Social Business Strategy Summit

By Richard Hughes on June 01, 2012

Yesterday I was at the Social Business Strategy Summit in London, which BroadVision were proud to sponsor. At the event, I hosted two interesting roundtable discussions on social analytics and social business processes, and also participated in a short Q&A with Neil Davey, editor of MyCustomer.com where I talked about BroadVision’s own use of our Clearvale product. This is roughly what I said:

myWPEdit ImageND: BroadVision has moved its business processes to a social network. Perhaps you could tell us a little about this?

RH: First of all, we strongly believe if we don’t use our social networking product ourselves, it’s rather unrealistic to expect us to convince anyone else to do so. So, yes, we have been constantly exploring the right sorts of business processes to move to a social network. But that’s not to say that when we started out using Clearvale ourselves we were a perfect model of adoption. Like many organisations, we started with a situation when the main contributors were a self-selecting group of enthusiastic users. That works OK for getting started, but there’s a limit to how far into the organisation it reaches. So we started identifying specific business processes that MUST be carried out on Clearvale. Customer service has been one of the most successful examples of this – whenever they need to request help from the product engineering team, they MUST do it through Clearvale. The recruitment process for each new hire has to be done on Clearvale, in a private community visible only to the hiring team.

One of the biggest problems with many enterprise social networks is that once the initial flurry of excitement has worn off, people start wondering “what should I use it for?” and questioning whether they have time to participate. Our strategy is to answer that for them by saying these processes must be performed in a social environment, and yes, of course you’ve got time to participate because these processes are part of your job.

How has this made BroadVision a more efficient organisation?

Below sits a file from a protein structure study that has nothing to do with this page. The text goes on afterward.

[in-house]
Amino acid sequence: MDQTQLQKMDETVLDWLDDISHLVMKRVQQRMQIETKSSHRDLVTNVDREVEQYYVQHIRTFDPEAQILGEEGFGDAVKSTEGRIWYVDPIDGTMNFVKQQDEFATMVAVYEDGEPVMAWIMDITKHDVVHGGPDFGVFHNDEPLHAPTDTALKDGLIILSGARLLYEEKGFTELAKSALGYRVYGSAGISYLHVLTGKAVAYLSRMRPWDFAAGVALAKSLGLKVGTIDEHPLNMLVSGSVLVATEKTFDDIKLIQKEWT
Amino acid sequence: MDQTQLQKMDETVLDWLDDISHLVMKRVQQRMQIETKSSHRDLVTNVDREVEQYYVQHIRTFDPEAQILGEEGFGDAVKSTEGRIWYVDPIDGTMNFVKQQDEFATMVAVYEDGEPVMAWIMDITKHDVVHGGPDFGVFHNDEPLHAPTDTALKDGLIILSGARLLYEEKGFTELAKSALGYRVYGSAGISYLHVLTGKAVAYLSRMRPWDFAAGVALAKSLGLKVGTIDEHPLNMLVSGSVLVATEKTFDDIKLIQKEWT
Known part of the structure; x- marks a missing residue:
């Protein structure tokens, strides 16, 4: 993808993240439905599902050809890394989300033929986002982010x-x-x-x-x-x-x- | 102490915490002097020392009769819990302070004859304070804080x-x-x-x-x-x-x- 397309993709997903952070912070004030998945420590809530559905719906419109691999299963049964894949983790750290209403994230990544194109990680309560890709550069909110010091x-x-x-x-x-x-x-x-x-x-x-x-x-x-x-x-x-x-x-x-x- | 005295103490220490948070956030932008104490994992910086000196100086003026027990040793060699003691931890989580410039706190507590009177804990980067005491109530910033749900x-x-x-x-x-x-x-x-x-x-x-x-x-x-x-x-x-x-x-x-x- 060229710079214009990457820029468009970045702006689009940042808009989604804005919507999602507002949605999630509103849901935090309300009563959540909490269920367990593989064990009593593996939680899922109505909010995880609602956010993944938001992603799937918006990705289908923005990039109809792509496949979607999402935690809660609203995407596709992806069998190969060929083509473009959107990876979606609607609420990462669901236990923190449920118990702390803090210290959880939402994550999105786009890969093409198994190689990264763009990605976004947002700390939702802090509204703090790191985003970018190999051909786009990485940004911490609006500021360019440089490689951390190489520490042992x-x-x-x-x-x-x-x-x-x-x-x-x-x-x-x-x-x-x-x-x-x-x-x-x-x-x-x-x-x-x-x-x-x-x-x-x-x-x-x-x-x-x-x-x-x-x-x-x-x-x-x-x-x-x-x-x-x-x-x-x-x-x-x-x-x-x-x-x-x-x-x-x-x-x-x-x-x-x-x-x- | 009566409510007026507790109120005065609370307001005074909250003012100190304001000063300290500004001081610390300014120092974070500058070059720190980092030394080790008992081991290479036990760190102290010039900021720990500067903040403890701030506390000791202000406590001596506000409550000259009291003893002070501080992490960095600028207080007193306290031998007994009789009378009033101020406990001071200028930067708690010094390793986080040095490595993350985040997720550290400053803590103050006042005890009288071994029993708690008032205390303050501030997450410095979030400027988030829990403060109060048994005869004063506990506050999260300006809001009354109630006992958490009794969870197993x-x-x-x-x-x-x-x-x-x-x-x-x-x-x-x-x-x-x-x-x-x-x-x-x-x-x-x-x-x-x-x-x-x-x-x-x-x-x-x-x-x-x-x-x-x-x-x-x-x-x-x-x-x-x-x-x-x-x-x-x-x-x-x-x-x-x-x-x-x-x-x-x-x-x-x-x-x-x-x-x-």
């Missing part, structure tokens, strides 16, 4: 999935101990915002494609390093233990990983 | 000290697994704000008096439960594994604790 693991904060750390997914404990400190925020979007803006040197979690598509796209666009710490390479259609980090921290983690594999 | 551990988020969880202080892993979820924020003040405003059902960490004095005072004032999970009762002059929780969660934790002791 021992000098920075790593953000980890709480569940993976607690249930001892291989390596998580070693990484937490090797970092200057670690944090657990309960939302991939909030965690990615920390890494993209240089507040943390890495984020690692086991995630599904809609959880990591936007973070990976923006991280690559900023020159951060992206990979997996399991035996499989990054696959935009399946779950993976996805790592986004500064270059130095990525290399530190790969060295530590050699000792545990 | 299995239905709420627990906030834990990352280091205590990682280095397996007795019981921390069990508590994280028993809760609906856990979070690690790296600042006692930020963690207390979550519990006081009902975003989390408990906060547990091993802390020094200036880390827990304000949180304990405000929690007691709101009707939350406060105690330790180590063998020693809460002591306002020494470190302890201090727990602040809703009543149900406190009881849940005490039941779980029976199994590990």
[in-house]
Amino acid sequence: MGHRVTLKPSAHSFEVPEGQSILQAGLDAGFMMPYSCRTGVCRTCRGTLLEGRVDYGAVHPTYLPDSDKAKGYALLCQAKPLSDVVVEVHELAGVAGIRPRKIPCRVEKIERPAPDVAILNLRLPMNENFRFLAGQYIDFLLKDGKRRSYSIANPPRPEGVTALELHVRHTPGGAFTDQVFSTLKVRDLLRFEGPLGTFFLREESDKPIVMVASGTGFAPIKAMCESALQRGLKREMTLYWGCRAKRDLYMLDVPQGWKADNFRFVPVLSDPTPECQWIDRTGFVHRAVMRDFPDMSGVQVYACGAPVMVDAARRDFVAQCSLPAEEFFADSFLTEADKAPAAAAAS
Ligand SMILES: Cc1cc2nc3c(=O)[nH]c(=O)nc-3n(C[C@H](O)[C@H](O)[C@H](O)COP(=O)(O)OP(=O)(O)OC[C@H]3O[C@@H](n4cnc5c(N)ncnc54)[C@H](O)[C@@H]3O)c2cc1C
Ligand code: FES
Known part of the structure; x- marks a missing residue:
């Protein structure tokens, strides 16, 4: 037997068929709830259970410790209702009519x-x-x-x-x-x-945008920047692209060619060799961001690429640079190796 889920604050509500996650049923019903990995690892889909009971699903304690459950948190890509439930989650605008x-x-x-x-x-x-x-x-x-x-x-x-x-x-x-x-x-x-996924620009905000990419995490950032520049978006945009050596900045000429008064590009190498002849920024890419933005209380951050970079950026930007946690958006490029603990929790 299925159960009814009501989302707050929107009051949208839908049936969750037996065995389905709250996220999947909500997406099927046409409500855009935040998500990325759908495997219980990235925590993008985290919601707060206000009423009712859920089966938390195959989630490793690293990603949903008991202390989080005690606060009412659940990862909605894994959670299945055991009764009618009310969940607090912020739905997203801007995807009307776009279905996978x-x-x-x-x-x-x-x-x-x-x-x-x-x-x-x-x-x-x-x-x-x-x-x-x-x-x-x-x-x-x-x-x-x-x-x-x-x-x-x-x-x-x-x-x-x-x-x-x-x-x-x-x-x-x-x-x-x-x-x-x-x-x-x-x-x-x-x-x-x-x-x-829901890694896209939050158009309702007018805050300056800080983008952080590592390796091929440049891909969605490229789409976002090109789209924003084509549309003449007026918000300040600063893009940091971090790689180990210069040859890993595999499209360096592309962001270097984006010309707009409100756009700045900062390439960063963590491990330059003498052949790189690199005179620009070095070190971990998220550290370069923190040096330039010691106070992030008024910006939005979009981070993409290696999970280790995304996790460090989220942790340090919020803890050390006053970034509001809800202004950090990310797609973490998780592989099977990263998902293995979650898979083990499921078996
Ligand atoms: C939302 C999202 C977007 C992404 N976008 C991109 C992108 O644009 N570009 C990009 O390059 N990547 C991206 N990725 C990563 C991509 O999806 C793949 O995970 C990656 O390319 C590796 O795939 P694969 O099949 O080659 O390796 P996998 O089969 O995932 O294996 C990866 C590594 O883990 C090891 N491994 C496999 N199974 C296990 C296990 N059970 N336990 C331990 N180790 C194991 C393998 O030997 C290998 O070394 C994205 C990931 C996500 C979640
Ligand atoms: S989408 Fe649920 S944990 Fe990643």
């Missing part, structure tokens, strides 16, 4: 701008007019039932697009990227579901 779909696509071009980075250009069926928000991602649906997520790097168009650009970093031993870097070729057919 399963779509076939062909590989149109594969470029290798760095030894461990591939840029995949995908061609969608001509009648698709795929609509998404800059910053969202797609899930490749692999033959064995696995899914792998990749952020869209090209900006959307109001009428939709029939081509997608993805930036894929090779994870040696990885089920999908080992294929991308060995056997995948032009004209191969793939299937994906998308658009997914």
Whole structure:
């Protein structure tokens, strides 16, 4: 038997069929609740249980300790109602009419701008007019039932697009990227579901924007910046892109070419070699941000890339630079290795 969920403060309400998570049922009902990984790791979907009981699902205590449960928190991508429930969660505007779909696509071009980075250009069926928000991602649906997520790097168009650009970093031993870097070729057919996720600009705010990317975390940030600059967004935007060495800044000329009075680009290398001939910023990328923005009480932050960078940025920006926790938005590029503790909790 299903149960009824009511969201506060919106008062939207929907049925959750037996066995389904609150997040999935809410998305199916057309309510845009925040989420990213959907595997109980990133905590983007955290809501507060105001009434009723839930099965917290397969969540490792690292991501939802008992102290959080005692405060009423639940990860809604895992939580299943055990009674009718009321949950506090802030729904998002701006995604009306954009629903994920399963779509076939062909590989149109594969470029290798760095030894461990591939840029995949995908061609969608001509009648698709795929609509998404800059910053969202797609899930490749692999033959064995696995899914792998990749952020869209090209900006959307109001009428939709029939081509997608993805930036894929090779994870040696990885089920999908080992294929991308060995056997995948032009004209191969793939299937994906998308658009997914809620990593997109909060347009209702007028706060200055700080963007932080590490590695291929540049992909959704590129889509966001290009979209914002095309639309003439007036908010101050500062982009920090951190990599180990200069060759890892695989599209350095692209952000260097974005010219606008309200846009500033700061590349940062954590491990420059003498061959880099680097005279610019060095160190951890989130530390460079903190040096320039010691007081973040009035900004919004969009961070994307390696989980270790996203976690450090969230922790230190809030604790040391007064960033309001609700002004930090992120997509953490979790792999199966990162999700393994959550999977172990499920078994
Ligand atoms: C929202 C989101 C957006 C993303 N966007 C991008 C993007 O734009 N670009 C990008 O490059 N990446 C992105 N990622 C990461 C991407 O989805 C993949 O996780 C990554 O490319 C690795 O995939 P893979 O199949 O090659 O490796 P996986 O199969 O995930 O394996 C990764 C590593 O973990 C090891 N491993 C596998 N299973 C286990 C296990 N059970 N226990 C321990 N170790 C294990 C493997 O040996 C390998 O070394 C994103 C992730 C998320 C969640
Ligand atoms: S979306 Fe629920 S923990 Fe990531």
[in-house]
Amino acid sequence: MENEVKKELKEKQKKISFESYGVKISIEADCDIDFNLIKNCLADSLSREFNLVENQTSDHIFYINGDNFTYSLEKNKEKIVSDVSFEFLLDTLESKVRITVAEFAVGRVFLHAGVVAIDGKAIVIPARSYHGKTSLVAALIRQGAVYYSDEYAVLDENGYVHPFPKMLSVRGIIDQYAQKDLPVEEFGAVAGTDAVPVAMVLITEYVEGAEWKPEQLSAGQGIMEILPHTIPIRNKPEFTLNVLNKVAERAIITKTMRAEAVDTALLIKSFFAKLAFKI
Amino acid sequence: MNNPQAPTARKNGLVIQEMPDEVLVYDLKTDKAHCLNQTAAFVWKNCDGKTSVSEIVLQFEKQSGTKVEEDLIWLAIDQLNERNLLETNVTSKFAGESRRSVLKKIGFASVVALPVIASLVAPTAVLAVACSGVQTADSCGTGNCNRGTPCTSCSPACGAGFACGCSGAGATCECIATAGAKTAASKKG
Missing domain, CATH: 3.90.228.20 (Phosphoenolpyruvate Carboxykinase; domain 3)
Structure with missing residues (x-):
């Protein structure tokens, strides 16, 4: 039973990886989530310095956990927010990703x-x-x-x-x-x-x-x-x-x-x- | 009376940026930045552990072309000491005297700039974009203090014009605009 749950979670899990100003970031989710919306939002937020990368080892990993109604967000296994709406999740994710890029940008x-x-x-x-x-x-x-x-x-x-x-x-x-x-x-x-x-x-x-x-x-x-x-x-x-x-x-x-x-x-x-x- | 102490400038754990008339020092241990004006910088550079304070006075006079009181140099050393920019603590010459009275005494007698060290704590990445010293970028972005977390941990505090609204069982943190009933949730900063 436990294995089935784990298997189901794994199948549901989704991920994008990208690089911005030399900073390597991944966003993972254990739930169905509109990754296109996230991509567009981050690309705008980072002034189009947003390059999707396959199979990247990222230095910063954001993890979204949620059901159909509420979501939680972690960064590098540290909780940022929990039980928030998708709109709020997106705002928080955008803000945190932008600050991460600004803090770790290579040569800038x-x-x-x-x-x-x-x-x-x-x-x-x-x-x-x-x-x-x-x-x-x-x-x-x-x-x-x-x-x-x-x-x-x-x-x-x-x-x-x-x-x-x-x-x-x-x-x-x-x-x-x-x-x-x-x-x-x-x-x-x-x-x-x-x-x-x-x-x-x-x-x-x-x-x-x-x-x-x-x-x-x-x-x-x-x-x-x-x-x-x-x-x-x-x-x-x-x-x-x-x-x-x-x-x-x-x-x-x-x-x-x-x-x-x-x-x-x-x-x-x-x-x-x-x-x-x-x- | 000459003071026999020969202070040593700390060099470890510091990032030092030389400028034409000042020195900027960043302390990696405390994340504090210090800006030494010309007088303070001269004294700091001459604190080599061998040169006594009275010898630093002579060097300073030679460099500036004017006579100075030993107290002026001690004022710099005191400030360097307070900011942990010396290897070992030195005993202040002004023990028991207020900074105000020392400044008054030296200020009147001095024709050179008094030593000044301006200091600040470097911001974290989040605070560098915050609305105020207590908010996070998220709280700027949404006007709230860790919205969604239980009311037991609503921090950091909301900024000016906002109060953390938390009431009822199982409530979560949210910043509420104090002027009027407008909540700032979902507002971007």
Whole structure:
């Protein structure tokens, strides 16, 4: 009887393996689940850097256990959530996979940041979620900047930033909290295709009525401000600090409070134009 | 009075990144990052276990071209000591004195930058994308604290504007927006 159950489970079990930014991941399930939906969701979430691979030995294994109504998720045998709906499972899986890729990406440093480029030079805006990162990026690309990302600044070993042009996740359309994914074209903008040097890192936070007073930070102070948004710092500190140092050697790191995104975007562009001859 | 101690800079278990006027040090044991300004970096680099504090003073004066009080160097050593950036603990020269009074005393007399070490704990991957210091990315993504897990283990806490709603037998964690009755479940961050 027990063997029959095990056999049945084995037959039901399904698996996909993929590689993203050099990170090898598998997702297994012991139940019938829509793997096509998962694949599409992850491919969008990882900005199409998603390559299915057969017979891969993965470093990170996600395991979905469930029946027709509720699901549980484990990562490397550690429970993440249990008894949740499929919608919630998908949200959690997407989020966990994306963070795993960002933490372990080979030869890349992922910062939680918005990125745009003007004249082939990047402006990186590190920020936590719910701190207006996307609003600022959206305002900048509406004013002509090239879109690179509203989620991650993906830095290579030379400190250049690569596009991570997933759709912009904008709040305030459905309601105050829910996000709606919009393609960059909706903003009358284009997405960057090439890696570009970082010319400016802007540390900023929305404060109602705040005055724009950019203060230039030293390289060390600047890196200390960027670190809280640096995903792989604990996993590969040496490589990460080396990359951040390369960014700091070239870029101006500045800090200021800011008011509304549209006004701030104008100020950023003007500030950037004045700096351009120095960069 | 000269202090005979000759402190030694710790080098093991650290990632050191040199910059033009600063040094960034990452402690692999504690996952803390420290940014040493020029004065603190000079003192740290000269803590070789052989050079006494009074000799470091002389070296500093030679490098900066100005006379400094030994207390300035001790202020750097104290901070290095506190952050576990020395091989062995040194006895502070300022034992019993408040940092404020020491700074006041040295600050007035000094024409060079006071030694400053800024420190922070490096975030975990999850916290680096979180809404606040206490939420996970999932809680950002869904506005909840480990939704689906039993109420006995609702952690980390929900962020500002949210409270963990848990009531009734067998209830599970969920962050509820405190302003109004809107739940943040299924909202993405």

The most obvious way is that it has made it so much easier to find the information we need to do our jobs. We had a somewhat fragmented knowledge base before, and a lot of people retained their documents, their work on their laptops. That’s simply not acceptable now – hoarding information in a “knowledge is power” way is a very inefficient way to work, and I genuinely believe we have broken down that barrier.

Because of the nature of your business, and because of you’re using your own Clearvale tool, did that mean that you experienced less resistance to internal social networking than businesses would perhaps traditionally experience?

Yes and no. I think the people in the company split into three main categories:

– those who embraced the idea of social working immediately and were keen to do it without being coerced into doing so
– those who perhaps weren’t naturally attracted to the concept of social business, but recognised the importance to the company, so adapted their working habits
– and those who are still very reluctant to get involved – people who are looking for reasons why they shouldn’t contribute, rather than looking for ways to adopt their working practices

It’s probably only the second group where we experienced less resistance than other companies might. But we definitely still have a persistent number of people in the third group.

To what extent do you see the social business as a technology evolution, and to what extent is it about culture and processes?

I do think it’s become something of a cliche to stress the point that social business is far more about changing the way we work, rather than implementing new technology, and I am sure you won’t catch any software vendor saying “yes! it’s really just about the technology”. But I think that it’s important not to overlook the way technology empowers this cultural change. It’s all very well being determined to improve the communication between geographically distributed offices, but if the technology you’ve got in place doesn’t enable it, you will be just as unsuccessful as if you had perfect technology with no appetite for change. So I believe the behavioural change and the technology evolution are both essential parts of social business. Neither one can succeed without the other.

As a business that has gone further than most in moving your processes to a social network, what advice can you share with our audience?

Don’t expect people to know what to use the social network for without being told. Don’t assume they will “get it” without help. Be clear about which business processes the social network is hosting, which working practices need to be modified. Don’t leave it to chance and hope that they work it out for themselves.